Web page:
Use of Segments for the Quality Control of the Factor VIII: Coagulant Activity of Fresh Frozen Plasma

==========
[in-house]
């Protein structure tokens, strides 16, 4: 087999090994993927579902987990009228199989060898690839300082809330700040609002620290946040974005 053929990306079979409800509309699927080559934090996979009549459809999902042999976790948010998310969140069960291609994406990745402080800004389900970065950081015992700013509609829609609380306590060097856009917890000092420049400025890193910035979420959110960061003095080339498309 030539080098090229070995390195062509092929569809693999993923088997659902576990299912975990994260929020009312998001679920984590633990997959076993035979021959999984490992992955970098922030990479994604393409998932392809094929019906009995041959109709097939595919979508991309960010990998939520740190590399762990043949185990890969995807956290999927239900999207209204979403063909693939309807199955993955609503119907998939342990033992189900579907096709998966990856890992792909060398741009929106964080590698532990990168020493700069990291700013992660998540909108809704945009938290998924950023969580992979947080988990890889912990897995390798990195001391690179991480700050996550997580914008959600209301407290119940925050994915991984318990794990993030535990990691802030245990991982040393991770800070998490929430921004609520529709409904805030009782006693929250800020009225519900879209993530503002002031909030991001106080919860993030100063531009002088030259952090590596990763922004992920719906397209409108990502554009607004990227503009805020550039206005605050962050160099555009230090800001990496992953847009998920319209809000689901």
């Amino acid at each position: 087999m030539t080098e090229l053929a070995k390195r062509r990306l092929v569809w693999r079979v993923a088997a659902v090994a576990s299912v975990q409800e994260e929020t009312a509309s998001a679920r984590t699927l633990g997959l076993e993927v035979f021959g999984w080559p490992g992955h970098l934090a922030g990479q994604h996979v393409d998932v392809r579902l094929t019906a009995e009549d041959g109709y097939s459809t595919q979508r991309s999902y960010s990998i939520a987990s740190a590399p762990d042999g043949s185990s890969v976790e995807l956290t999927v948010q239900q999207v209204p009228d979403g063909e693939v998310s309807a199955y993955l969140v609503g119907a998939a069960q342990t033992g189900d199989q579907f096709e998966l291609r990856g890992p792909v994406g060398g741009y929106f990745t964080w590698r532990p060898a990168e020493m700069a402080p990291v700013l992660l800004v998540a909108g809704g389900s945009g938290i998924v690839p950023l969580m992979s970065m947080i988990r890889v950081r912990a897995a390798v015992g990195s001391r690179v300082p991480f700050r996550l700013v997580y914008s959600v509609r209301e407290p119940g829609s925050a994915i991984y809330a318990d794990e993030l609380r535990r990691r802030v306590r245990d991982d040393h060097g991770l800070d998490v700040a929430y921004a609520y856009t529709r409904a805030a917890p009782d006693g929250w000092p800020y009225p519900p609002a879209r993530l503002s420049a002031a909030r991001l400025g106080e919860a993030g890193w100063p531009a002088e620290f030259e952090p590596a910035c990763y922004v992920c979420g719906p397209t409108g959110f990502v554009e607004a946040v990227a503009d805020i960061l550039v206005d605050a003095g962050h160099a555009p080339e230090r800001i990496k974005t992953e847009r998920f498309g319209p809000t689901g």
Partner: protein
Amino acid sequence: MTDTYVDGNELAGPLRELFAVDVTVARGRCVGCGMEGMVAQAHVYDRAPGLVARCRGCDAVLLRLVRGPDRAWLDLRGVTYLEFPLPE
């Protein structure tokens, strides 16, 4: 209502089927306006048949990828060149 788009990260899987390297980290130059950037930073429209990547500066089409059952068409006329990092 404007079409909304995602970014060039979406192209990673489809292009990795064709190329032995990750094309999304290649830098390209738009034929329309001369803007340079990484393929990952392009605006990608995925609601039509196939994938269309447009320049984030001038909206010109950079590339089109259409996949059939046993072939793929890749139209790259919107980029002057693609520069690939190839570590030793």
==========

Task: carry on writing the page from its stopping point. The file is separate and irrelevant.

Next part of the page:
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The storage of fresh frozen plasma (FFP) for short periods at -20 degrees C for 6 weeks, -30 degrees C for 12 weeks, or -40 degrees C for 12 weeks, did not result in significant deterioration in factor VIII: coagulant (factor VIII:C) activity in the primary packs. In studies examining whether plasma segments could be used for quality control purposes, the mean factor VIII:C activity of the primary pack was found to be identical to that of the attached segments of plasma for units of FFP which were thawed within 2 h after preparation. This was also true for FFP units stored at -40 and -60 degrees C for up to 12 weeks. There was, however, a loss in factor VIII:C activity in the segments of FFP units stored at either -20 or -30 degrees C for 6 and 12 weeks, respectively. Thus for units of FFP stored at temperatures colder than -40 degrees C, segments are suitable for assessing the factor VIII:C activity in the primary pack but not for FFP units stored at -20 or -30 degrees C.
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